“Considering the general tendency to multiply offices and dependencies and to increase expense to the ultimate term of burden which the citizen can bear, it behooves us to avail ourselves of every occasion which presents itself for taking off the surcharge; that it may never be seen here that, after leaving to labor the smallest portion of its earnings on which it can subsist, government shall itself consume the residue of what it was instituted to guard.” –Thomas Jefferson 

On public debt… 

“I place economy among the first and most important virtues, and public debt as the greatest of dangers to be feared. To preserve our independence, we must not let our rulers load us with perpetual debt. If we run into such debts, we must be taxed in our meat and drink, in our necessities and in our comforts, in our labor and in our amusements. If we can prevent the government from wasting the labor of the people, under the pretense of caring for them, they will be happy” – Thomas Jefferson 

“The principle of spending money to be paid by posterity, under the name of funding, is but swindling futurity on a large scale” -Thomas Jefferson 

“But with respect to future debt; would it not be wise and just for that nation to declare in the constitution they are forming that neither the legislature, nor the nation itself can validly contract more debt, than they may pay within their own age, or within the term of 19 years” -Thomas Jefferson

“The same prudence which in private life would forbid our paying our money for unexplained projects forbids it in the disposition of the public moneys.” –Thomas Jefferson 

On Redistribution of Wealth…. 

“To take from one because it is thought that his own industry and that of his father’s has acquired too much, in order to spare to others, who, or whose fathers have not exercised equal industry and skill, is to violate arbitrarily the first principle of association–the guarantee to every one of a free exercise of his industry and the fruits acquired by it” -Thomas Jefferson 

“Whoever claims the right to redistribute the wealth produced by others is claiming the right to treat human beings as chattel” – Ayn Rand 

“We need true tax reform that will at least make a start toward restoring for our children the American Dream that wealth is denied to no one, that each individual has the right to fly as high as his strength and ability will take him. . . . But we cannot have such reform while our tax policy is engineered by people who view the tax as a means of achieving changes in our social structure” – Ronald Reagan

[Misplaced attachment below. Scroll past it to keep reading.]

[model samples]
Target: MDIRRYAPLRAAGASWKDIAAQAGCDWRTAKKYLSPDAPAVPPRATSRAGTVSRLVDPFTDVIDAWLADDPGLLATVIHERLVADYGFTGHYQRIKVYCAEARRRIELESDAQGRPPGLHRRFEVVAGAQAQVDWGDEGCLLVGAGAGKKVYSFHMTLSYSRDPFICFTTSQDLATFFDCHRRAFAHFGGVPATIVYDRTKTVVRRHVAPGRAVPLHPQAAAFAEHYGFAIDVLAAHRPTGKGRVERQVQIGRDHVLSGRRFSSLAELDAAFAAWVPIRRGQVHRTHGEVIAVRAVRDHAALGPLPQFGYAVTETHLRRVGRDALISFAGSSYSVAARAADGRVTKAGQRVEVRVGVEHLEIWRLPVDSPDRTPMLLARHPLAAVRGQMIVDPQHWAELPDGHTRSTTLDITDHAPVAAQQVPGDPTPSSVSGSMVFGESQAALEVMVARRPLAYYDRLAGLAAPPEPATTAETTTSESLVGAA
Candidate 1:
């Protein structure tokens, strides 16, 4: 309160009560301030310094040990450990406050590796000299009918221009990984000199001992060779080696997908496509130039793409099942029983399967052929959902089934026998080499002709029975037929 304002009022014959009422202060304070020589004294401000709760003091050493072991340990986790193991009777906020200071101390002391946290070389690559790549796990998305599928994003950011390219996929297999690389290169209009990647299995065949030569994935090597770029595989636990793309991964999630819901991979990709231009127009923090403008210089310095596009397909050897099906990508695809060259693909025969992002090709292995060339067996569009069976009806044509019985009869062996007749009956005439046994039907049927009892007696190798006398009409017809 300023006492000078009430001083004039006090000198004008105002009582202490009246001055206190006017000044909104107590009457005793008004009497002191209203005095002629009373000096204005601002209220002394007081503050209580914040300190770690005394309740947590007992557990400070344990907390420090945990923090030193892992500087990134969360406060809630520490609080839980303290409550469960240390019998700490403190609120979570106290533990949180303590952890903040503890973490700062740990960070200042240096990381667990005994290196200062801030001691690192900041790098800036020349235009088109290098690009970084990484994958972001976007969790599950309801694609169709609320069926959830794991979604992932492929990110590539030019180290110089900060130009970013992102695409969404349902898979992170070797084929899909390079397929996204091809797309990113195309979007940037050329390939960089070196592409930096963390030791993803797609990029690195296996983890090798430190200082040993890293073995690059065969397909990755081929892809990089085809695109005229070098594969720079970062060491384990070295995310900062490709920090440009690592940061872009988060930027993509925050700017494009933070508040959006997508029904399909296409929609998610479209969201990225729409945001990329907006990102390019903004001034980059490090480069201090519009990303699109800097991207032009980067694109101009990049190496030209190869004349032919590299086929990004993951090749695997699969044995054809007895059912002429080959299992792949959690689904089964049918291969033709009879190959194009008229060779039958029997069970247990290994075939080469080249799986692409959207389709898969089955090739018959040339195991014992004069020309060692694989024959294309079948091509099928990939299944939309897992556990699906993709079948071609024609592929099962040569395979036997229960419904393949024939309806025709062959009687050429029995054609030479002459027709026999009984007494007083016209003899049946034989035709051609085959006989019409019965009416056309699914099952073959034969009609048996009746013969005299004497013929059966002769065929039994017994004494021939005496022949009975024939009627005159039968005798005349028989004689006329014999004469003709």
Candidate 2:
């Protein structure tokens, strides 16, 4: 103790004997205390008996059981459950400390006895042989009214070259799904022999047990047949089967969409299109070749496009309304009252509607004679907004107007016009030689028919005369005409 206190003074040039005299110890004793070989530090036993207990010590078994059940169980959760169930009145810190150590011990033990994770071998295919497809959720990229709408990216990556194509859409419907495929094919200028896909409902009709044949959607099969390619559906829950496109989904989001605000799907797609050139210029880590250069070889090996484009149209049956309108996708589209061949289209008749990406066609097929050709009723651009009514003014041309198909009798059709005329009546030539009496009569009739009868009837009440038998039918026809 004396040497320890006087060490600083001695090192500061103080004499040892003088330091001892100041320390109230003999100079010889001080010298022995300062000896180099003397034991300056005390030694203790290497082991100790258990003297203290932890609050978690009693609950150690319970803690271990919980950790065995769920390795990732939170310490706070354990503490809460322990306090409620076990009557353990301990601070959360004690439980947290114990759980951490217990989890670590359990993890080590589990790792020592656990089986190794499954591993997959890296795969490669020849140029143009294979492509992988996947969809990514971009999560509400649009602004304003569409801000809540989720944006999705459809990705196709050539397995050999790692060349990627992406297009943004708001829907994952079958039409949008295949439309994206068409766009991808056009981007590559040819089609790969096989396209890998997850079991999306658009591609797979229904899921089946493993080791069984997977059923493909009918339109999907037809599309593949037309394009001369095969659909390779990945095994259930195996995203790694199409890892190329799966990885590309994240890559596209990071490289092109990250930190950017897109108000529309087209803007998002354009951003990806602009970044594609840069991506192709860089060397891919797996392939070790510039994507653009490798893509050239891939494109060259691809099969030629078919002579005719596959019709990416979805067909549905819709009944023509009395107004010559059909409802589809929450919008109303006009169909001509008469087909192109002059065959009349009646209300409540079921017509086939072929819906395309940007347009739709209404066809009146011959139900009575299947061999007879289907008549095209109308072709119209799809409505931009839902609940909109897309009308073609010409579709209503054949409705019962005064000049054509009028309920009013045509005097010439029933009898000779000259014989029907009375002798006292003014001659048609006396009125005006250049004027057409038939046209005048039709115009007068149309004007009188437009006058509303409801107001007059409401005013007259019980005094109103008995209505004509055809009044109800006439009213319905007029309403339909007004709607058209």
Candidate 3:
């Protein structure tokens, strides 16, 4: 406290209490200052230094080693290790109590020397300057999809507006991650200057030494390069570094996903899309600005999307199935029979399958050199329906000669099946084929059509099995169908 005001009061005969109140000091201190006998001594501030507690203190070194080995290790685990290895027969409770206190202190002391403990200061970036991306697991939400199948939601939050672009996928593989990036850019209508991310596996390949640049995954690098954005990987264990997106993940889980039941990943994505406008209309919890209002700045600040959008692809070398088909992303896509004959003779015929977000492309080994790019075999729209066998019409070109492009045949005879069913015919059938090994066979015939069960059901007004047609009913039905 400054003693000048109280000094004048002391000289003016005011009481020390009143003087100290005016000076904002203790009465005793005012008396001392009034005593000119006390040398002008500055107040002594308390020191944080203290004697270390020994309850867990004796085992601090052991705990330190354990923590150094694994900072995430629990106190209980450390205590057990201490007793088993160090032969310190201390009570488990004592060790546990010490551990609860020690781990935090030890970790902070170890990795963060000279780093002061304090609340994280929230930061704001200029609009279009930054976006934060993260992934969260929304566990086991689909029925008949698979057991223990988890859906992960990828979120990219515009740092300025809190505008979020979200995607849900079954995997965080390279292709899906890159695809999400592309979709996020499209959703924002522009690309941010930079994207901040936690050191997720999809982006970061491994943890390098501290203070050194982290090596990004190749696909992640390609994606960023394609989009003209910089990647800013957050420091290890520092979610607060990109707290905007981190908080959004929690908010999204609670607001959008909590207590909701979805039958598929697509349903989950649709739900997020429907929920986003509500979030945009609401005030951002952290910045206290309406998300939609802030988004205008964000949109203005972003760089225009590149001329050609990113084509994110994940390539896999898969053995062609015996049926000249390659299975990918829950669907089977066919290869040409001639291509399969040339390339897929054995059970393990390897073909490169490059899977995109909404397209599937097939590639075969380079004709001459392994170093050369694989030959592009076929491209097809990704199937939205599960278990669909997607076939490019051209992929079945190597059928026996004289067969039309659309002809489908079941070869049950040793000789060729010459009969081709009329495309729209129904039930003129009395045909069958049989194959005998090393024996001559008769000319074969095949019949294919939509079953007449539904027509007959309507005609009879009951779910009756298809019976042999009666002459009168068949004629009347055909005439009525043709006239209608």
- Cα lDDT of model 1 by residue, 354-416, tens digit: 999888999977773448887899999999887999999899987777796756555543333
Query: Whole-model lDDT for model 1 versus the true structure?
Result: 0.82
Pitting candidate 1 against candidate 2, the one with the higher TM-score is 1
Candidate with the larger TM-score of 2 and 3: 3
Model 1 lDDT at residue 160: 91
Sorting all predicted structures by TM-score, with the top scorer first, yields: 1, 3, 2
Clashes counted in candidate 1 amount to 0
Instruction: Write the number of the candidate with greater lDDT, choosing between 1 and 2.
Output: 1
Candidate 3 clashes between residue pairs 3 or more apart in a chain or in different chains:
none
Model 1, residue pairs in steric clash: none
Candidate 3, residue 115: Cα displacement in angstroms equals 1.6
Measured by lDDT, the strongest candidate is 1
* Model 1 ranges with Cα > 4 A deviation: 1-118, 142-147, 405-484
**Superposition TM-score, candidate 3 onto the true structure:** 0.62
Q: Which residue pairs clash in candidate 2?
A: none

More warnings… 

“When a government controls both the economic power of individuals and the coercive power of the state … this violates a fundamental rule of happy living: Never let the people with all the money and the people with all the guns be the same people” – P.J. O’Rourke 

“These are the times that try men’s souls. The summer soldier and the sunshine patriot will, in this crisis, shrink from the service of their country; but he that stands it now, deserves the love and thanks of man and woman. Tyranny, like hell, is not easily conquered; yet we have this consolation with us, that the harder the conflict, the more glorious the triumph. What we obtain too cheap, we esteem too lightly: it is dearness only that gives every thing its value. Heaven knows how to put a proper price upon its goods; and it would be strange indeed if so celestial an article as freedom should not be highly rated” – Thomas Paine 

Take Heart America, the words of patriots past should inspire us to regain the promise of our great nation. We must… Restore the American Dream. We must return to our national values and reclaim our birthright. It is time to take back the unalienable rights granted us in the Declaration of Independence; Life, Liberty and the pursuit of Happiness. 

Restore the Republic, Reject the Agenda of the Progressive Left!

Update: The Tipping Point

In an effort to prove they are part of the mainstream media and are totally clueless about the national situation, Parade Magazine published the following story last Sunday (3/28/10). They also ran an online poll for Americans to respond to. Both were on the subject of our out of control spending and associated national debt. 

Just Sunday I wrote a post on the subject in an attempt to bring focus on the potential disastrous effects the debt could have on our struggling economy. Later I found this article and was blown away by the nonchalant attitude of the writer with regard to the magnitude of the problem. See Parade article below: 

Parade Magazine 3/28/10 – Rebecca Webber 

Does America Owe Too Much?

Critics of government spending are voicing alarm about the growing national debt. In January, the U.S. public debt was $7.5 trillion—about 53% of the country’s total economic output, also known as gross domestic product (GDP). By comparison, Japan’s debt-to-GDP ratio was 192% and Saudi Arabia’s was 20% in 2009, according to the latest figures available. Economists use the ratio of public debt to GDP as an indicator of a country’s economic health. So what do these numbers mean? Is America’s debt level dangerous?

The short answer is, “No, but it might be soon.” A recent study from the National Bureau of Economic Research found that public-debt levels become perilous when they reach 90% of GDP. By that point, interest rates may be higher as investors demand greater returns on federal bonds, while massive interest payments detract from key government functions. “The interest can get so burdensome that the country can’t afford to repair its highways or educate its children or provide other essential services,” says Isabel Sawhill of the Brookings Institution. “You become a much weaker nation.” According to the Congressional Budget Office, U.S. public debt could approach 100% of GDP by 2020, given current spending levels and obligations for entitlement programs like Medicare, Medicaid, and Social Security.